Thursday, December 10, 2009

I am dead wrong

I am wrong.

It is quite rare that I'd readily admit that. Reluctantly maybe but this time I am dead wrong.

To my shame, I am wrong about what contemplation is. How basic can you get?

I suppose it is how we, or maybe it is just I, learn language. We listen, we understand, we learn, we speak. And I never did check out what contemplation actually meant. To me, it is always a synonym of meditation. Now this word "meditation" is another ballgame altogether. So to set things straight, when I use the word, meditation, in general, without tagging any explanation to it, I clearly mean Christian or Biblical meditation, not New-Age, i.e. I meditate on the Word of God, mulling and ruminating on it over and over again. And this I equate to contemplation.

Several people already told me that I am a very contemplative person and I readily agreed with them.

But now that eureka has happened, i.e. I finally realised what contemplation is, I am absolutely NOT a contemplative person.

I have found out contemplating to mean that "one has stopped 'doing' anything and is simply present to God, and God is present to that person. In contemplation, one no longer thinks, meditates, reflects or speaks, but is 'all ears' in an ambience of love, a simple 'being with' the God of Love." (Source: here).

There is absolutely NO WAY I can do that. My mind is ever busy thinking and musing, there is no stopping. The only time it is not "doing" anything is when I am sleeping, and even that, when I am not dreaming. And even if I am not thinking, the mind will be set on whatever I am physically doing at the moment, be it eating, driving or brushing my teeth. I don't even stare into space without thinking.

So the next time you tell me I'm contemplative, I'm going to violently refute you. So there!

But ... is there anything wrong not being able to contemplate? Okay, maybe I am exaggerating. I suppose I do become still in short spurts at certain times, but even that, I am not contemplating, i.e. I am not being mindfully "present" to God. I am simply not thinking.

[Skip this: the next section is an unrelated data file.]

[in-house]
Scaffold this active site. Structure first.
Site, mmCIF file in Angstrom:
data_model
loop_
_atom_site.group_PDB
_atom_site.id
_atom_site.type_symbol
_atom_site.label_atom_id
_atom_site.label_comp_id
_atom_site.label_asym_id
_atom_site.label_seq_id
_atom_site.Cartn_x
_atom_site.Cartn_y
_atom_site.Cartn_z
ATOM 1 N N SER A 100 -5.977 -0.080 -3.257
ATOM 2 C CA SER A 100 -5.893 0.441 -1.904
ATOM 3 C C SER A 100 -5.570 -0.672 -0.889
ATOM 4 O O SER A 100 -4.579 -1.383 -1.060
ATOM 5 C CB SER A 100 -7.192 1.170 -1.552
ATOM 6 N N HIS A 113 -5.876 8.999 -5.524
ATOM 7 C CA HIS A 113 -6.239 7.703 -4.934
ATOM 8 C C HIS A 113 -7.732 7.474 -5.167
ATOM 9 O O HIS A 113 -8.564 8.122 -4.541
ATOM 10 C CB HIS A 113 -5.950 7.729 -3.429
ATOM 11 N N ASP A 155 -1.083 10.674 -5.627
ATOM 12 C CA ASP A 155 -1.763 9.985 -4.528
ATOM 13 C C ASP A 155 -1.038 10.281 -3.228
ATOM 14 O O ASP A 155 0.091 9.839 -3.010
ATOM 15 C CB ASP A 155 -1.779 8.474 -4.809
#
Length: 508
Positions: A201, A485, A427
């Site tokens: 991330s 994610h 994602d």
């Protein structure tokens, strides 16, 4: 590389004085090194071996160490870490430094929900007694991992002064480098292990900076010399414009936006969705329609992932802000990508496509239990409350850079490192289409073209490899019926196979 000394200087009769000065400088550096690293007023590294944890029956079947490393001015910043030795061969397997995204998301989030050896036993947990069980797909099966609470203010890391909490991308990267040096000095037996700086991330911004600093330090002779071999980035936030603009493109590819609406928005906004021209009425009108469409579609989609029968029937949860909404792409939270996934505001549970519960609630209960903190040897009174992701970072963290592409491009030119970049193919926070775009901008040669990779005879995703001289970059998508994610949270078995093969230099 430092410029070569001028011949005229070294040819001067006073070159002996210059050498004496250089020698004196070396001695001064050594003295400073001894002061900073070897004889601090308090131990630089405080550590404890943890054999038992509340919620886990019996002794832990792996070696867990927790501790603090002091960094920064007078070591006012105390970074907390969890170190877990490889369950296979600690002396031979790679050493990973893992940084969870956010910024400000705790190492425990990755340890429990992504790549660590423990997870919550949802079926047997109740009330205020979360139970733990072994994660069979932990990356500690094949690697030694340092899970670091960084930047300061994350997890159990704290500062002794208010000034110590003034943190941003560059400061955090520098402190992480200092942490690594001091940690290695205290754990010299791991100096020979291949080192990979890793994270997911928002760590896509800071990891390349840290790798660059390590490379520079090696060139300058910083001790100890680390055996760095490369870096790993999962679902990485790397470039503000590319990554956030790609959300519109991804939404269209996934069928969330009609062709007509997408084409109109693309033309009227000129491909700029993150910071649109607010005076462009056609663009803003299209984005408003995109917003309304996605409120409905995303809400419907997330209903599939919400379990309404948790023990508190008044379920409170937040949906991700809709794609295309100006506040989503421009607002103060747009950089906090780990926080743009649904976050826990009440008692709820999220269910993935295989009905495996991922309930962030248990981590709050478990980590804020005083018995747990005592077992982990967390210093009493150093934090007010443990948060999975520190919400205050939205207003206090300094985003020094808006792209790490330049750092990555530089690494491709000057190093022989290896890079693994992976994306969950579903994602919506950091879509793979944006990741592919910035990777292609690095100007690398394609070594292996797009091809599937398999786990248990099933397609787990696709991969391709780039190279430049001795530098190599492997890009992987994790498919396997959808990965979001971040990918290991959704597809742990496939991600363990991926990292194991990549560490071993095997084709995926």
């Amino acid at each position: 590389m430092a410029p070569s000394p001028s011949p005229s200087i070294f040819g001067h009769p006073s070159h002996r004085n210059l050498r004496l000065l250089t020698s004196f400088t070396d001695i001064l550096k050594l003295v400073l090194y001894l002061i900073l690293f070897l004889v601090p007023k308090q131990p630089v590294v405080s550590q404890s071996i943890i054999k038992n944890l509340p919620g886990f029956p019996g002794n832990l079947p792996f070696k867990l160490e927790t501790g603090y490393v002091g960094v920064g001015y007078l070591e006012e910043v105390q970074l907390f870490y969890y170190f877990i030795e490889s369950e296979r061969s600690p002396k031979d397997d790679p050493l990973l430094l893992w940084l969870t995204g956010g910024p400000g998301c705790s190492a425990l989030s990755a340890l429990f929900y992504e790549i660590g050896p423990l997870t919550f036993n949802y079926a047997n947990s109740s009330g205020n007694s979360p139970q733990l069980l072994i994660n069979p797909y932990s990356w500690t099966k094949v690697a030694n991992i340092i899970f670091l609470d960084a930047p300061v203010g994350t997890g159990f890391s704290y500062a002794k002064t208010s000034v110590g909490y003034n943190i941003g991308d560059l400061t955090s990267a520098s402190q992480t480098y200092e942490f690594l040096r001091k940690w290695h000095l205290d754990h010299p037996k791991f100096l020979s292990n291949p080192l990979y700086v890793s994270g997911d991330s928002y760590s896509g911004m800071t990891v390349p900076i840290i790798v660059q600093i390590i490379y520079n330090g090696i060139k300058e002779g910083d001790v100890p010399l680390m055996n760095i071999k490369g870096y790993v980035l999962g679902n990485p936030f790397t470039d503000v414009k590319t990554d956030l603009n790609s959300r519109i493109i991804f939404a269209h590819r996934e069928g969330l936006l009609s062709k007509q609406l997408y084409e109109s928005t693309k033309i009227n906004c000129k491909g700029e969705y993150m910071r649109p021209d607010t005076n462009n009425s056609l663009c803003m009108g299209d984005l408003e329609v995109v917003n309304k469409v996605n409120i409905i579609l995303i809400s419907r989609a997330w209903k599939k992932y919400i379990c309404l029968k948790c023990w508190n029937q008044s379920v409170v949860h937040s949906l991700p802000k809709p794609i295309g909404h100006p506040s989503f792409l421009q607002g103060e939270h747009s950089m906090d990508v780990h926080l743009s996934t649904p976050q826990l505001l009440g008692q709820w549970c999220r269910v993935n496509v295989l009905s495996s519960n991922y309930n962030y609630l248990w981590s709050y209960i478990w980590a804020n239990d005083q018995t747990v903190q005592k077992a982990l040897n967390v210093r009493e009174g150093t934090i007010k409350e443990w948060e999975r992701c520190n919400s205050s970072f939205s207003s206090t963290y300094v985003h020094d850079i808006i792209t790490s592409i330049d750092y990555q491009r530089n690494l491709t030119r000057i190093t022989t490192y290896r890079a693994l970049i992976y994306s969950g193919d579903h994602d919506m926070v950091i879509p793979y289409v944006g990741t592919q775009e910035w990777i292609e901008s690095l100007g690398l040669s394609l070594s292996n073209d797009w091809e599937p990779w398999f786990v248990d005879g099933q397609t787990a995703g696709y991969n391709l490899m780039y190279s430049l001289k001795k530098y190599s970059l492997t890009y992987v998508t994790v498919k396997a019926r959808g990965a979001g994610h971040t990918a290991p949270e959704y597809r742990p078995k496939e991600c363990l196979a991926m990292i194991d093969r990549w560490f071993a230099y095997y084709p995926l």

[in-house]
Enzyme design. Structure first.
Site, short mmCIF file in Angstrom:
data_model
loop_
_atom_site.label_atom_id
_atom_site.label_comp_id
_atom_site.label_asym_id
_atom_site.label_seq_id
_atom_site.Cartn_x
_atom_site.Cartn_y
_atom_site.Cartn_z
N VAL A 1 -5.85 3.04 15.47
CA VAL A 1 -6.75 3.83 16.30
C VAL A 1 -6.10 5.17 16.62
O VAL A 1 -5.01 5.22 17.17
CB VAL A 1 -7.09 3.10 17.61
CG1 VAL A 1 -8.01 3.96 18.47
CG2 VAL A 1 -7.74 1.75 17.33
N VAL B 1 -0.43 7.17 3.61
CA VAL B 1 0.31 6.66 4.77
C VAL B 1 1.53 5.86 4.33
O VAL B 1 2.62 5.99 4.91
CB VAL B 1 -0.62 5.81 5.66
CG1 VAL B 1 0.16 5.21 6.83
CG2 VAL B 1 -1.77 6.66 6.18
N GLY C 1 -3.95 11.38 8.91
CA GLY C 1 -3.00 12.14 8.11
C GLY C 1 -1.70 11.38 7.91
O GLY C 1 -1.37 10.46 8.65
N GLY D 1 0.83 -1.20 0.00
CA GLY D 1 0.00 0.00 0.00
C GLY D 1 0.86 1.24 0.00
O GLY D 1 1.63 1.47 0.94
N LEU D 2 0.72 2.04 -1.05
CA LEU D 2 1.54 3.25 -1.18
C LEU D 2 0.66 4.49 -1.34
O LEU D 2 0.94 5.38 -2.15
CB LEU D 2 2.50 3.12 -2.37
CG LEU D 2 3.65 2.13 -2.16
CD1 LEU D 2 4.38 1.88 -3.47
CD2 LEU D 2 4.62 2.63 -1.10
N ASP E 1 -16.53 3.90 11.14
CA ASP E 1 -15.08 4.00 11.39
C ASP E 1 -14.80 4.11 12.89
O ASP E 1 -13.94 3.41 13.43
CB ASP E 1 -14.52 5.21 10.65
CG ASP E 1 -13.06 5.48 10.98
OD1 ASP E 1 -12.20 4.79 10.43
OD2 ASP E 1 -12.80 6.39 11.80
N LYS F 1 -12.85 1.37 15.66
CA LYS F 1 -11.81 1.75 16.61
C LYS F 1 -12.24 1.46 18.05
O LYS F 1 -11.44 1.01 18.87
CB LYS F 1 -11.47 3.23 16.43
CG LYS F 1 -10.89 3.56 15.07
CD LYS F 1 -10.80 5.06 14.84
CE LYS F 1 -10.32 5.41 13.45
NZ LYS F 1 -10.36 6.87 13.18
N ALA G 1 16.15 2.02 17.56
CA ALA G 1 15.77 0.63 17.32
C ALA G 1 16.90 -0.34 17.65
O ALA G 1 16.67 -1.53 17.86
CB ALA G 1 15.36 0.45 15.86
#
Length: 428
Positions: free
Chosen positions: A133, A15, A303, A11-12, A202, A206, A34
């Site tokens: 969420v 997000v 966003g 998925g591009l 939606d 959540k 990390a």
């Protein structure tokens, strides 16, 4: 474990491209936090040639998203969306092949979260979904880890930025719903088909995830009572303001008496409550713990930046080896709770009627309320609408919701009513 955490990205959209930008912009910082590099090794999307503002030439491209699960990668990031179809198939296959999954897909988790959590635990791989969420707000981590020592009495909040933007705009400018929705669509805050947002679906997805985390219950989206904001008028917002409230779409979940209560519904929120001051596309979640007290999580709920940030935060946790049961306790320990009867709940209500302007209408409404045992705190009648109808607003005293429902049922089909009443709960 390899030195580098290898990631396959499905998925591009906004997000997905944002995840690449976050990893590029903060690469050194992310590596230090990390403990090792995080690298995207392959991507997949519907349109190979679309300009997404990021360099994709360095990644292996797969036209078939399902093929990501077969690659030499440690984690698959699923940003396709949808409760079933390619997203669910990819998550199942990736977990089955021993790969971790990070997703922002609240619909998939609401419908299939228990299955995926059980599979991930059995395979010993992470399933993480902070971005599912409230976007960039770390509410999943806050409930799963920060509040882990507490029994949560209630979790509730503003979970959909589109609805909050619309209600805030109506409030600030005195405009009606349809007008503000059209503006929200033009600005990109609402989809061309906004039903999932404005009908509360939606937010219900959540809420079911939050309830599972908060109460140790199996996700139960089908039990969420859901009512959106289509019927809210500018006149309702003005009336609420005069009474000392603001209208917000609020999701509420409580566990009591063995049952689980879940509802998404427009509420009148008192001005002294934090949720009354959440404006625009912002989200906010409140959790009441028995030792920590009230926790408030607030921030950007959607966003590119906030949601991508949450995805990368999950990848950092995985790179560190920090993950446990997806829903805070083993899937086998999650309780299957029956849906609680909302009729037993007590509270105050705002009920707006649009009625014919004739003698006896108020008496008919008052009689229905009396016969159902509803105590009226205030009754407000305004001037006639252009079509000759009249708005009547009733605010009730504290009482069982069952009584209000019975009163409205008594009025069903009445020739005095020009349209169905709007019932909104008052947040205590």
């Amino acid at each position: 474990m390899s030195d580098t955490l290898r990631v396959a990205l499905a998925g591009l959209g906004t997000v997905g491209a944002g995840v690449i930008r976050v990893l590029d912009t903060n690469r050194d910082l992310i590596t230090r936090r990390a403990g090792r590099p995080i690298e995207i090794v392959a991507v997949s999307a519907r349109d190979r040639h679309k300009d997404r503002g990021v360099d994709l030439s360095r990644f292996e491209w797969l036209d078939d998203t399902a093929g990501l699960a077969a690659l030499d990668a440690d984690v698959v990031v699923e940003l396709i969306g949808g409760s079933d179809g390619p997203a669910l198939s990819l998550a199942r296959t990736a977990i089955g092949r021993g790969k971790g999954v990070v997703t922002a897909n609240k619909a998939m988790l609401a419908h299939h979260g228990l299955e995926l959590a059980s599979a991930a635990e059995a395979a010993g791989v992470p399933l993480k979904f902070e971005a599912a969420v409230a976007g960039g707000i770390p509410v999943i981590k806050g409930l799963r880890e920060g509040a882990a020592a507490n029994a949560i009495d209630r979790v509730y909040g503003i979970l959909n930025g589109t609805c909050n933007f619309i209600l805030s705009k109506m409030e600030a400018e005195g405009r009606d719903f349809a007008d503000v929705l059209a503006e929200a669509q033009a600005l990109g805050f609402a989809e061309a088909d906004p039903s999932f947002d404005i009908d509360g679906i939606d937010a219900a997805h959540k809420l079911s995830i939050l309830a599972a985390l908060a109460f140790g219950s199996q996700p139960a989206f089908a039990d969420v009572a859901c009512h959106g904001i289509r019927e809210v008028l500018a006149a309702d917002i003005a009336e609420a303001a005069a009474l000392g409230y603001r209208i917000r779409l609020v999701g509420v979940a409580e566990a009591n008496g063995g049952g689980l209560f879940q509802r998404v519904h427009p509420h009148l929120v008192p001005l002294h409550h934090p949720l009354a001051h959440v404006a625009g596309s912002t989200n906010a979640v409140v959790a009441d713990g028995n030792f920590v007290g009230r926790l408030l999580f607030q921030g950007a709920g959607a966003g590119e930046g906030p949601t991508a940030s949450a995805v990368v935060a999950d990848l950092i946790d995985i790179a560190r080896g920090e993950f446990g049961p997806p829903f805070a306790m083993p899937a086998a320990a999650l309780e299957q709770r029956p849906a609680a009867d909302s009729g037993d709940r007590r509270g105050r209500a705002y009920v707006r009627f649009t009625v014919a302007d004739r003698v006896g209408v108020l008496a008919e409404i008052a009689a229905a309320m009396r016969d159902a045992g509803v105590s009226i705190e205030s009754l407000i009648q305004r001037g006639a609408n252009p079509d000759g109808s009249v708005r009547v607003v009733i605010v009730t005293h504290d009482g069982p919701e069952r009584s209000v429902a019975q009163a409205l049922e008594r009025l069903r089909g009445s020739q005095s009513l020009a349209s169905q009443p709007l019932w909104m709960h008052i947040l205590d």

So ... is there anything wrong to not being able to contemplate?


p/s Upon checking the dictionary, which I should have referred to in the first place, I see that the definition given to "contemplate" is quite similar to that of "meditate". Looks like we are all pretty confused. And looks like I am not all wrong, or am I?


  1. There is a lot of confusion in the article by Robert A. Jonas. The words 'prayer,' 'meditation' and 'contemplation' are not used with precision and sometimes used interchangeably. One glaring error appears early in the article is that he equate lectio divina with prayer. There is also confusion in the way he uses apophatic, kataphatic, via negativa, and via affirmativa.

    The Empty Bell approach that he advocate may not work because there is no middle path between via negativa, and via affirmativa.

    In contemplation one has stopped “doing” anything and is simply present to God, and God is present to that person. In contemplation, one no longer thinks, meditates, reflects or speaks, but is “all ears” in an ambience of love, a simple “being with” the God of Love.

    "doing" here does not refer to the active life (which we are living) but in seeking God. Simply contemplation is awareness of God's presence. You can be running a marathon and still be contemplative.

  2. I thought of you when I wrote this, telling myself I must go read your various posts on Lectio Divina. I will be doing a paper on Meditation - between Christian's and Buddhism's. I have not really gone into the latter and the former is already confusing me :) I should keep it simple though and define the former as Biblical meditation though I should also discuss the historical aspects of it, including Lectio Divina.

  3. You give one so much to think about.

  4. This was very interesting!!! I always thought they were similar but I'm not real good about studying everything out as you are.

    I like you NEVER have a blank mind. I've read that men are more capable of going into a "nothing room" in their minds. Don't know if that is truth or not either. My husband seems to not think or contemplate as much as I do.

    Very interesting thoughs !!!!! (thinking) for me at this early a.m. hour!!

  5. I'll have to look up these words, but I've always used "contemplative" to describe a thought-filled person and "meditative" to describe a state of emptiness or at least a finely focused version of contemplative.

  6. "'all ears' in an ambience of love"

    LOL.. sounds a bit new-agey to me.

  7. S.Etole,
    Not so often anymore :)

  8. I've read that men are more capable of going into a "nothing room" in their minds.

    Really?? I don't think my husband would agree. I think his mind is quite full but on quite different things - i think he is more into how things work and how things should work, compared to my why things work and why things should work.

  9. Missy,
    Yeah, me too. I think it is still used quite loosely and contextually, both the words. Especially when meditation is used in a new-age or Buddhist way, it would mean amongst other things, focus on nothing.

  10. KB,
    LOL ... now "new age" is an entire confusion altogether.

    When the New Age movement was undergoing a lot of criticism back in the 90s, I was quite confused what it actually represent. You need to understand that we in Malaysia live in a multi cultural environment and we are used to Chinese traditional medicine and practices and are aware of what our Hindu and Buddhist friends practice. So it is nothing "new" as such and suddenly these are labelled New Age.